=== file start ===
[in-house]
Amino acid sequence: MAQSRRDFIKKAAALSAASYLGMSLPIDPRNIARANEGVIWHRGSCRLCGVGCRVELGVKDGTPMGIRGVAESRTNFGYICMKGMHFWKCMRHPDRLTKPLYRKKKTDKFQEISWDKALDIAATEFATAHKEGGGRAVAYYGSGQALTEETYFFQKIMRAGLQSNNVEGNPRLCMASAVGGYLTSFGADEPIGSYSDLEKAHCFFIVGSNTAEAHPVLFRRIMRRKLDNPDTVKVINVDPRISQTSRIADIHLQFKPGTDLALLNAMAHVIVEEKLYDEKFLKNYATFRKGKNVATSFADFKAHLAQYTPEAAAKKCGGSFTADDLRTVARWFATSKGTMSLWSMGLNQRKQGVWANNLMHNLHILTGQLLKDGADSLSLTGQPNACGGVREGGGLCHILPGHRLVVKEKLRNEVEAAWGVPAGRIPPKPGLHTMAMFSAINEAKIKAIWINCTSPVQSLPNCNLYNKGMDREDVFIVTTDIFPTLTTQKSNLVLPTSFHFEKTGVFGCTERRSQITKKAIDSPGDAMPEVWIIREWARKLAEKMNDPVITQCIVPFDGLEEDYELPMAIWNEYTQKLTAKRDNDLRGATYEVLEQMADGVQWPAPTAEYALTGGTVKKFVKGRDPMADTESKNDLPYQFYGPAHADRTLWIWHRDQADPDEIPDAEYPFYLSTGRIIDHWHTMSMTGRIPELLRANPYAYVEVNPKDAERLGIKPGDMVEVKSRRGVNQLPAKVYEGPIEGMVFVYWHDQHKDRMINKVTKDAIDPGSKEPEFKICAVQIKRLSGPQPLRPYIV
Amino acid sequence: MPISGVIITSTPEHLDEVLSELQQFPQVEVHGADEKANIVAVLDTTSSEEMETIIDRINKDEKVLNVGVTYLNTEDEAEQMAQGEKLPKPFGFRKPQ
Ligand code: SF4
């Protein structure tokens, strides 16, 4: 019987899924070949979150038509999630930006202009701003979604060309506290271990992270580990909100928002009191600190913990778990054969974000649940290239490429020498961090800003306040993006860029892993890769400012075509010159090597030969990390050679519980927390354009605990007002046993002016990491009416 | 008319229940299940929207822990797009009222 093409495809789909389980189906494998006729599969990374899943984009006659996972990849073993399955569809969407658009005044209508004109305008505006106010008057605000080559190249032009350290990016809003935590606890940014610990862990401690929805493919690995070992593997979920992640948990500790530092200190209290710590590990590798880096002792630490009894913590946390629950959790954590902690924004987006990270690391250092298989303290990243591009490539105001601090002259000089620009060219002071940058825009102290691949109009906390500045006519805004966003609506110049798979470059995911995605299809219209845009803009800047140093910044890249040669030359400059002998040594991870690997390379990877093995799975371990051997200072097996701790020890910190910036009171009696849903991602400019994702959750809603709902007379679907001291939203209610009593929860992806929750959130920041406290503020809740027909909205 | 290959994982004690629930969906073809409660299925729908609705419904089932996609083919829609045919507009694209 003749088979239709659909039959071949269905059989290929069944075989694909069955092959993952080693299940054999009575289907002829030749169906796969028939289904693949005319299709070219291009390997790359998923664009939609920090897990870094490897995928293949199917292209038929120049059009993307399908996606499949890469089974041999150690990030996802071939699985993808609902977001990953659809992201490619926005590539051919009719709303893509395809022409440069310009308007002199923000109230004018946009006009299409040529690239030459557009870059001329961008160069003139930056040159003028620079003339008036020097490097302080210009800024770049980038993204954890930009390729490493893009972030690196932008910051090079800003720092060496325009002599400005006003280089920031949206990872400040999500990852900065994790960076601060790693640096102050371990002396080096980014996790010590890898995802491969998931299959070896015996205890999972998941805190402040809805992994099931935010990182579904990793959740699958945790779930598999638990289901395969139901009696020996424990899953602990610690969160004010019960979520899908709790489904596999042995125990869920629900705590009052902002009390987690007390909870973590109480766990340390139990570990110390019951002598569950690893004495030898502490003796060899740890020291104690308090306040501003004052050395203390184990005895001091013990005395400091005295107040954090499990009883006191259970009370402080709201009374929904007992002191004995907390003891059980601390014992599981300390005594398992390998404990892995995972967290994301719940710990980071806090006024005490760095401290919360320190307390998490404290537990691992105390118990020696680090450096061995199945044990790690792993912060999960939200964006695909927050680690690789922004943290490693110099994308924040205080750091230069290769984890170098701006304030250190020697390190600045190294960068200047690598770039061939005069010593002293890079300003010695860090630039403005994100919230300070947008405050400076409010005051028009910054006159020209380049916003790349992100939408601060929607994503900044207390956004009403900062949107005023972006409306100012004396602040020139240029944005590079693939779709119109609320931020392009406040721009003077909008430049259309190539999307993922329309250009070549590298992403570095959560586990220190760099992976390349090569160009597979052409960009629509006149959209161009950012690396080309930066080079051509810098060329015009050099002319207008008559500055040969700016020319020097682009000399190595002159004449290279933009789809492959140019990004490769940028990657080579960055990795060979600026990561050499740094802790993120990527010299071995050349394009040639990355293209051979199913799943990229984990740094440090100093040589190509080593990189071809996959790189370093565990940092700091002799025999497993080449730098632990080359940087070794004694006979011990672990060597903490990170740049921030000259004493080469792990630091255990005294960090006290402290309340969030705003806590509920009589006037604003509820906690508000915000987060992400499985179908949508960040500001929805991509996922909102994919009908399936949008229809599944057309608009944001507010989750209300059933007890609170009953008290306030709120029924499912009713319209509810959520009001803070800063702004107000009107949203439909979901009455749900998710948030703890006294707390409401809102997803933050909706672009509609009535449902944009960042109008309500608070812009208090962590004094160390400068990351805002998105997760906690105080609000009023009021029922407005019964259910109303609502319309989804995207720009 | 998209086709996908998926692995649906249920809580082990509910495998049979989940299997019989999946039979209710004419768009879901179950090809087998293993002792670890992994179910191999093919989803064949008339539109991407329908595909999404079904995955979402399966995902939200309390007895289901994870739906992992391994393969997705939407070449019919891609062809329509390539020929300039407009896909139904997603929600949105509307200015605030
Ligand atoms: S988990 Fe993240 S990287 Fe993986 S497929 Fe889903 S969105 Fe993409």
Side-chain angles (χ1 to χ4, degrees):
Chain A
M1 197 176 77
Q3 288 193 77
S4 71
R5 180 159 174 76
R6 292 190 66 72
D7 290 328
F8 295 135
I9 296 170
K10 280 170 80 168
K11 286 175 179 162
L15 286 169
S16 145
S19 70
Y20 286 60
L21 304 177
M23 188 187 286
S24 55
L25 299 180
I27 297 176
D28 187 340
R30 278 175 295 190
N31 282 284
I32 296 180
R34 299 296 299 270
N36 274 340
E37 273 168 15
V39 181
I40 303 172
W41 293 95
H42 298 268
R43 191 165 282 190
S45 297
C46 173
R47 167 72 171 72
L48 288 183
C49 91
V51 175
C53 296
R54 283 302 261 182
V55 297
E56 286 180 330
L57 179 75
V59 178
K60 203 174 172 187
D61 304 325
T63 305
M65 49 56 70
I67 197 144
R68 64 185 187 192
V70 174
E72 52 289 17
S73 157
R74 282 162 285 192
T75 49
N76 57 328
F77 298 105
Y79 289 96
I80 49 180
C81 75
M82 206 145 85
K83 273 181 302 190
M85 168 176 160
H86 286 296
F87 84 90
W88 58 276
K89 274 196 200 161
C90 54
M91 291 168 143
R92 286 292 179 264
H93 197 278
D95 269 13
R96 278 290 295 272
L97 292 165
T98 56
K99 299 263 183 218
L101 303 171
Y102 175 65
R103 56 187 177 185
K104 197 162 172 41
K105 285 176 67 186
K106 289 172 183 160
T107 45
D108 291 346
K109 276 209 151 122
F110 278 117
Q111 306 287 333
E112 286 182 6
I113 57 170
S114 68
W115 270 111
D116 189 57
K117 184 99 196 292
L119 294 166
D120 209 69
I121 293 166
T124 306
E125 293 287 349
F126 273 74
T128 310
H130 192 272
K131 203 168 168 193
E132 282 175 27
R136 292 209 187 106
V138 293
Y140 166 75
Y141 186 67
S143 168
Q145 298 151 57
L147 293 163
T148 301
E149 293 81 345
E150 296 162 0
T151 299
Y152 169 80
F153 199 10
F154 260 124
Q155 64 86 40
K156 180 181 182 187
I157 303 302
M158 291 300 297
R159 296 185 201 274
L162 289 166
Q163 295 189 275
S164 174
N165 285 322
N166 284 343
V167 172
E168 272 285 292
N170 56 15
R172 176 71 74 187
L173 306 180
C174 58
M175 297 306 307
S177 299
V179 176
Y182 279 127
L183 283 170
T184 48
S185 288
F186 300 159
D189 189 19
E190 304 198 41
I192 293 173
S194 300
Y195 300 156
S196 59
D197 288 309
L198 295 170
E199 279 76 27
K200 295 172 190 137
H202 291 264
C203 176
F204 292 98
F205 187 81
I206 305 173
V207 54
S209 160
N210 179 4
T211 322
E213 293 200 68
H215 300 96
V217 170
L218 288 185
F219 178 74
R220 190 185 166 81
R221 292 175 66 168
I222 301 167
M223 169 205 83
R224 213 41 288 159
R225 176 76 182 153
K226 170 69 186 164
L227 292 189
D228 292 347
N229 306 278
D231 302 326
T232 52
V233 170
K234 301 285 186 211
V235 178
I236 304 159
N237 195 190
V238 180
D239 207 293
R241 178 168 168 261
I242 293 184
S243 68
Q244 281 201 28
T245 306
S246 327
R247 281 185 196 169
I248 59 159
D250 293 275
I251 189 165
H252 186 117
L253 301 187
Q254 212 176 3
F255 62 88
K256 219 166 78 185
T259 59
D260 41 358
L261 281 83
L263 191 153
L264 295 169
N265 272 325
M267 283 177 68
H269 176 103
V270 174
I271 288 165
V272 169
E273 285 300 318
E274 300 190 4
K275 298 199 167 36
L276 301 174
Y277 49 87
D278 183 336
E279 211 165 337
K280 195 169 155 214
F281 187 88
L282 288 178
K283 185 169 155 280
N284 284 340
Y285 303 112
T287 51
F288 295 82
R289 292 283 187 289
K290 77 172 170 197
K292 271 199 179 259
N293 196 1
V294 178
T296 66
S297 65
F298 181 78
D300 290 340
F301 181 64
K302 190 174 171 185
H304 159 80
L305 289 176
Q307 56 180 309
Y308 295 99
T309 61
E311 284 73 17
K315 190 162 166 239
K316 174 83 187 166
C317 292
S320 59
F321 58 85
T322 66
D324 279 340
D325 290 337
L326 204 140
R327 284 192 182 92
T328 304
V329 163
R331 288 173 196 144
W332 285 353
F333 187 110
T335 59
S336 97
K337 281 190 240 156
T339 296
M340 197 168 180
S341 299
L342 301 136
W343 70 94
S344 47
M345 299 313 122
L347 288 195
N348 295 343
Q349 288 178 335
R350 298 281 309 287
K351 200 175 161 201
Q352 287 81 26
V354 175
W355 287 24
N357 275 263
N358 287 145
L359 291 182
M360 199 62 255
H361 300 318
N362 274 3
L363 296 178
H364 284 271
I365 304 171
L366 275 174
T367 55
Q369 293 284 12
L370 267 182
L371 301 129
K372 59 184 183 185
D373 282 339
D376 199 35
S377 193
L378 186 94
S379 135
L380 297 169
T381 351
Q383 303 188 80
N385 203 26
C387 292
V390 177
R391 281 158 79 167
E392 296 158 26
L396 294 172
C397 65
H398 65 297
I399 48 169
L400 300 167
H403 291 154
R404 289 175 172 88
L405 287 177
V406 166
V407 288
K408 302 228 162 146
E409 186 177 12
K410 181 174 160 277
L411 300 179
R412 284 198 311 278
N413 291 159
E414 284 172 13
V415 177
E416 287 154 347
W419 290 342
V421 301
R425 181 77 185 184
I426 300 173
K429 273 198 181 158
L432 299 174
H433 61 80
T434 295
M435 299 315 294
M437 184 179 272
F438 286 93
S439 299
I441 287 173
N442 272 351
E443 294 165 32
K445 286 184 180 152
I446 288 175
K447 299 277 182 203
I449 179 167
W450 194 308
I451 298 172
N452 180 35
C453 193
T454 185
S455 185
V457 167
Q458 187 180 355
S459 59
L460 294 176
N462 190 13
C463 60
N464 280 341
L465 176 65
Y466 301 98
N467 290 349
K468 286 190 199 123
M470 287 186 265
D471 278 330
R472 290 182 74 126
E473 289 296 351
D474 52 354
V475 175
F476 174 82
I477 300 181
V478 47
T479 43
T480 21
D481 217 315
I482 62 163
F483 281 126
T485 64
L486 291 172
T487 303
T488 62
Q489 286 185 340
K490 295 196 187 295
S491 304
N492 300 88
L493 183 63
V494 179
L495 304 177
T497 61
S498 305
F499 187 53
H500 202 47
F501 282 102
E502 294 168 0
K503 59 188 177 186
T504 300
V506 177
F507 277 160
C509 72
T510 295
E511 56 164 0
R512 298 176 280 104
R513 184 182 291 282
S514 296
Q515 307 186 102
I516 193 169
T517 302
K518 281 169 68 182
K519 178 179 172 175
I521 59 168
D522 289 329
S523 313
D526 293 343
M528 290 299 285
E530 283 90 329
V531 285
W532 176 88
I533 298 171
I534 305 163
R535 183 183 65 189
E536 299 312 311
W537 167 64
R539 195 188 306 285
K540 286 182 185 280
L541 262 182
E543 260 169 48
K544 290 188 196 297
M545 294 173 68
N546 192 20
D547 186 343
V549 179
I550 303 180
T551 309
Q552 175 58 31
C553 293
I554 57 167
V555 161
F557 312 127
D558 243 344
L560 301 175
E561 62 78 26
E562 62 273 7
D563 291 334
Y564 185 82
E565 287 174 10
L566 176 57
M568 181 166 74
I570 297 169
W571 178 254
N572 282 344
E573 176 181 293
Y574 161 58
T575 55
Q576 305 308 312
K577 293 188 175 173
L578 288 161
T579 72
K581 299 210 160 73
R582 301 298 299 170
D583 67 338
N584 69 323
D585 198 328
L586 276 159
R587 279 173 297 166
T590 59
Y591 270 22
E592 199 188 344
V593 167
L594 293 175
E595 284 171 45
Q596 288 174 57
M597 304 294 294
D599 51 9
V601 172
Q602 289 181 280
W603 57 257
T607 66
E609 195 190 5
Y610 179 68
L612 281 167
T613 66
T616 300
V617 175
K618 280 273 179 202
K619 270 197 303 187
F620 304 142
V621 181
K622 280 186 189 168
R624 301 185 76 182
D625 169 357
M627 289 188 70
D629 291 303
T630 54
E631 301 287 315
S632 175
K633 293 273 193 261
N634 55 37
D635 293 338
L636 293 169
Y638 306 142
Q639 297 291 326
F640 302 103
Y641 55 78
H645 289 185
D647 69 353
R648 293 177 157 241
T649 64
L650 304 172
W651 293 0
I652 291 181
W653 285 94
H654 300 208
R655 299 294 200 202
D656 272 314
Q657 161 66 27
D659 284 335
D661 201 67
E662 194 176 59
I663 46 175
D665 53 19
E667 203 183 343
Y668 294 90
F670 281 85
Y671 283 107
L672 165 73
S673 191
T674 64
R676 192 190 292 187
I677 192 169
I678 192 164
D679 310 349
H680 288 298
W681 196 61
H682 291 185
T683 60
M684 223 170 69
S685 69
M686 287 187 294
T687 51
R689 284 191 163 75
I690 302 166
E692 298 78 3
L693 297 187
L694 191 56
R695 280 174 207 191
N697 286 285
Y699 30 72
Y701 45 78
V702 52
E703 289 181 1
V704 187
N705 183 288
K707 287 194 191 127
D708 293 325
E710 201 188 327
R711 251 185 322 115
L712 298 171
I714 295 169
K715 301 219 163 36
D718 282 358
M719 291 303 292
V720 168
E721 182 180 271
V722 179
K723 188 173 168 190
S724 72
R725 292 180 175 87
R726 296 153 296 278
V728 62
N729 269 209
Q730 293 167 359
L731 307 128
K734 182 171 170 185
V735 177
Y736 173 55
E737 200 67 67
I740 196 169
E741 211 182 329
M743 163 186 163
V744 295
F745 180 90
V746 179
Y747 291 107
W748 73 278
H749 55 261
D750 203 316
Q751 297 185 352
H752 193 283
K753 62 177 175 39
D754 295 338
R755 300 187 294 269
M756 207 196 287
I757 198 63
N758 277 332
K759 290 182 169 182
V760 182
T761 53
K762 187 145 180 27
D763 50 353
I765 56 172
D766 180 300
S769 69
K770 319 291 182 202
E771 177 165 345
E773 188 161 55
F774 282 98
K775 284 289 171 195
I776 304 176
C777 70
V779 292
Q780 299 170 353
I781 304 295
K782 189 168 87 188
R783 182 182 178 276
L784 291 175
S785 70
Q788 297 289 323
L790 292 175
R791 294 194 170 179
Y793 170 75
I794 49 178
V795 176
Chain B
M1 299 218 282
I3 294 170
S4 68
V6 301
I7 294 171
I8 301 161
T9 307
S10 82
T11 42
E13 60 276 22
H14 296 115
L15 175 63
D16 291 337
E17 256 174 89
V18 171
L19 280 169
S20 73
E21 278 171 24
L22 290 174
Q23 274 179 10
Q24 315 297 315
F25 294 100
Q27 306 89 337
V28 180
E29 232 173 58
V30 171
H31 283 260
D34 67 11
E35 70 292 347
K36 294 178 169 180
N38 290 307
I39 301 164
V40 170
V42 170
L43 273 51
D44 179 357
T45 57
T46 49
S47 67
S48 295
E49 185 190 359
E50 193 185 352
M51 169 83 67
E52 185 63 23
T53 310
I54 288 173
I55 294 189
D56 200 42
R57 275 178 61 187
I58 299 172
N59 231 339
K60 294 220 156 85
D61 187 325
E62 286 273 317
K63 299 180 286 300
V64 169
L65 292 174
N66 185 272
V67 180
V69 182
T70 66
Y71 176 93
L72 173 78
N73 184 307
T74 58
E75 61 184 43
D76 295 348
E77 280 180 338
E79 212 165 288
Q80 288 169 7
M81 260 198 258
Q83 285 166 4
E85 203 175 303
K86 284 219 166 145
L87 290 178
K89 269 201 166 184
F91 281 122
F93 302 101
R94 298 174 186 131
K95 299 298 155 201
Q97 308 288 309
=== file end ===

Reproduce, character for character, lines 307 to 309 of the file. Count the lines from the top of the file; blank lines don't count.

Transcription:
C387 292
V390 177
R391 281 158 79 167